Today, the trek to Everest Base Camp is an achievable goal for people from all walks of life who want a glimpse of the world’s highest peak. In 2016, over 40,000 people trekked in the Everest region.
Mount Everest has captivated intrepid men and women since the 1920s. First conquered by Nepalese Tenzing Norgay and our very own Sir Edmund Hillary in 1953, Everest has continued to be the ultimate goal for mountaineers – many with their lives in their own attempts to the summit.
What’s it like trekking to Everest Base Camp?
Aside from breathtaking scenery, travellers to the region can experience unique Sherpa culture by visiting monasteries and museums along the way. Days are filled with walking for the sheer pleasure of it, past colourful prayer wheels and across swing bridges straight out of an Indiana Jones movie, while evenings are rewarded with hot food and conversation with like-minded people around the dining-room fire. The heady mix of natural beauty, fascinating culture and a personal sense of achievement, as well as warm Nepalese hospitality from the people of the Solukhumbu region, makes the Everest Base Camp trek one of the world’s most unforgettable.
When should I make the trek?
From March to May and from September to December. It gets hot in May, just before the monsoon season; be prepared for possible rain. December reaches below-zero temperatures but the days are still beautiful and there are fewer trekkers (but remember to wrap up warm in the evenings).
Nepal Interest Facts:
- The Nepal flag is the only national flag that is not quadrilateral in shape. It is made of two triangles. The triangles are said to represent Hinduism and Buddhism. They also represent the Himalayan Mountains.
- The abominable snowman, also known as the yeti, is a legendary on creature that is believed to frequent the high valleys of Nepal.
- Namaste is the standard greeting in Nepal. It can mean Hello, Good Bye, Thank You but translates to “I salute the God in you.” People put their palms together and then bow their forehead, and say “Namaste.”
- Nepali time is 45 minutes off of the Coordinated Universal Time. The time in Nepal is based on Mt Everest and not the time zone lines.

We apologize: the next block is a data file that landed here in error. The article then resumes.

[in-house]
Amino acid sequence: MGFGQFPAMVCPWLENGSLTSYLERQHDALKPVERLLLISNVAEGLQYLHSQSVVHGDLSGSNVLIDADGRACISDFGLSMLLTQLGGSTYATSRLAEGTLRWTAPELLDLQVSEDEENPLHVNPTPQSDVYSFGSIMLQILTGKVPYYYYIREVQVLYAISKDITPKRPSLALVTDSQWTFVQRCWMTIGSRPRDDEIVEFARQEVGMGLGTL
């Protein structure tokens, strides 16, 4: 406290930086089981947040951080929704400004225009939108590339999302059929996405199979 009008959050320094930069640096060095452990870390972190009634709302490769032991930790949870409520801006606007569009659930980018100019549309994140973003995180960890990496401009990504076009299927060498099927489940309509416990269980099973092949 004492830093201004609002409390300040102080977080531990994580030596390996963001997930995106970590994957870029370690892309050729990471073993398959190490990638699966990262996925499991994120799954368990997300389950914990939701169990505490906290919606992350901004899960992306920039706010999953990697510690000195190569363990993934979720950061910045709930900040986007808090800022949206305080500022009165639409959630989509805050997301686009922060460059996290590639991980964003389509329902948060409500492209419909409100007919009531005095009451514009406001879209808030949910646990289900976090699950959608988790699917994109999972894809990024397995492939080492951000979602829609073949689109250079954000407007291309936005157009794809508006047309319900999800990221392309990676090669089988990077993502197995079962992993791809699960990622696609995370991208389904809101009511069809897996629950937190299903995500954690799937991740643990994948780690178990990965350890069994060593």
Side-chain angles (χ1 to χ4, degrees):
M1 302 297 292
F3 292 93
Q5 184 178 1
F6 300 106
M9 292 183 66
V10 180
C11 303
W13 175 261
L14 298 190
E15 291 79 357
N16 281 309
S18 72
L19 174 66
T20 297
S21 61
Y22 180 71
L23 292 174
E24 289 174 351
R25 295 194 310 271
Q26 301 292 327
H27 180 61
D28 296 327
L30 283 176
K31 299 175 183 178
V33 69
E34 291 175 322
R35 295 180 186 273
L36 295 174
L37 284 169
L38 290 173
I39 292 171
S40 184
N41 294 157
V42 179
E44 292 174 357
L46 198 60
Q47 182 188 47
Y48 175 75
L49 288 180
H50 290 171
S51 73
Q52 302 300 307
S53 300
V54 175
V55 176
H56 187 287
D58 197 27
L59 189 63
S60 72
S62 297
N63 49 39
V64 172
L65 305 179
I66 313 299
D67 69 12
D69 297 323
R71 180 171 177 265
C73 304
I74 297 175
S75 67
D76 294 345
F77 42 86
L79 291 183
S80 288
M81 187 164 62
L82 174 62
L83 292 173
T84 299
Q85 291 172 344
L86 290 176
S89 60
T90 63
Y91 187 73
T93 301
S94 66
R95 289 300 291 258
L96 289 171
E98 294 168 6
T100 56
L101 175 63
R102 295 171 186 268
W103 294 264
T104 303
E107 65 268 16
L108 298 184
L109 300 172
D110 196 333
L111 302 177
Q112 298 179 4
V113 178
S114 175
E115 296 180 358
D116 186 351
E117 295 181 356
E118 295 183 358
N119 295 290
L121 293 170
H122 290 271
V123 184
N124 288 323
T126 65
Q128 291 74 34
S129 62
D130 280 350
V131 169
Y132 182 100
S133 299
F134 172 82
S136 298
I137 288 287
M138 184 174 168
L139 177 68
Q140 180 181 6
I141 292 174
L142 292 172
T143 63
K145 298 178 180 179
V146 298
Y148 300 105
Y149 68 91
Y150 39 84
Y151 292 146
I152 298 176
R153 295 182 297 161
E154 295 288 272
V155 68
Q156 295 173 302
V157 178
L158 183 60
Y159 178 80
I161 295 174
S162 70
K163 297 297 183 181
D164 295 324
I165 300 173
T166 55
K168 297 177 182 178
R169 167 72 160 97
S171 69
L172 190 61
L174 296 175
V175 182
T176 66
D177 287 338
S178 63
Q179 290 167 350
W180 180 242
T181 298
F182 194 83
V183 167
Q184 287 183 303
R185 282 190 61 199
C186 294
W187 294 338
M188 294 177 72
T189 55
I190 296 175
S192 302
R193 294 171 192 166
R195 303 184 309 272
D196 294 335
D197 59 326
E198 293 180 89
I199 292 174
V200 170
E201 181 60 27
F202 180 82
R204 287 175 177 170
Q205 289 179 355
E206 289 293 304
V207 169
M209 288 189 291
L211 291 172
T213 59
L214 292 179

- Hinduism and Buddhism are the two main religions.
- Cows are sacred in the Hindu religion and cannot be killed. Once a cow stops providing milk they are often released and the community is responsible for feeding her. Cows roam all over Nepal, even in the busy city of Kathmandu. Many people have water buffalo for milk, manure and meat.
- Since cows are sacred, so is their manure. It is common practice to clean the home with water and cow manure, to clean and bless it at the same time.
- Nepali is the chief or official language. There are many ethnic groups in Nepal and they speak hundreds of different languages. Not accents, but languages. Sometimes Nepali people can’t communicate as they speak different languages.
- Marijuana plants grow in gardens, on the side of the road, in ditches, on mountainsides, pretty much everywhere in Nepal. It’s…well, a weed.
- It is the year 2072 in Nepal. They celebrate the new year on April 13th.
- Nepal has the only living goddess in the world, the Kumari. Kumari means virgin in Nepali and is the tradition of worshipping young pre-pubescent girls as manifestations of the divine female energy in Hindu religious traditions.
- About 90% of marriages in Nepal are arranged and the bride and groom will usually not meet or see each other before the wedding day. Although, ‘love’ marriages (choosing your own partner) are becoming slightly more popular.
- Most of the power in Nepal comes from hydro-power, but it is not very reliable.
Kathmandu is Nepal’s capital which is situated in a valley full of historic sites, ancient temples and shrines, golden pagodas and fascinating villages. Hotels, bars and restaurants cater to all budgets. Shops offer handicrafts, carpets and Nepali paper prints. Bus services, taxis and bicycles open up the city. Trek to see the Monkey Temple, the valley’s oldest and most sacred shrine. Mingle with locals and animals amid Durbar Square’s monuments and temples, or join mountain trekkers in the bustling Thamel District.
To discover more about this amazing trip and to tick off your bucket list, send us an email about trekking in Nepal.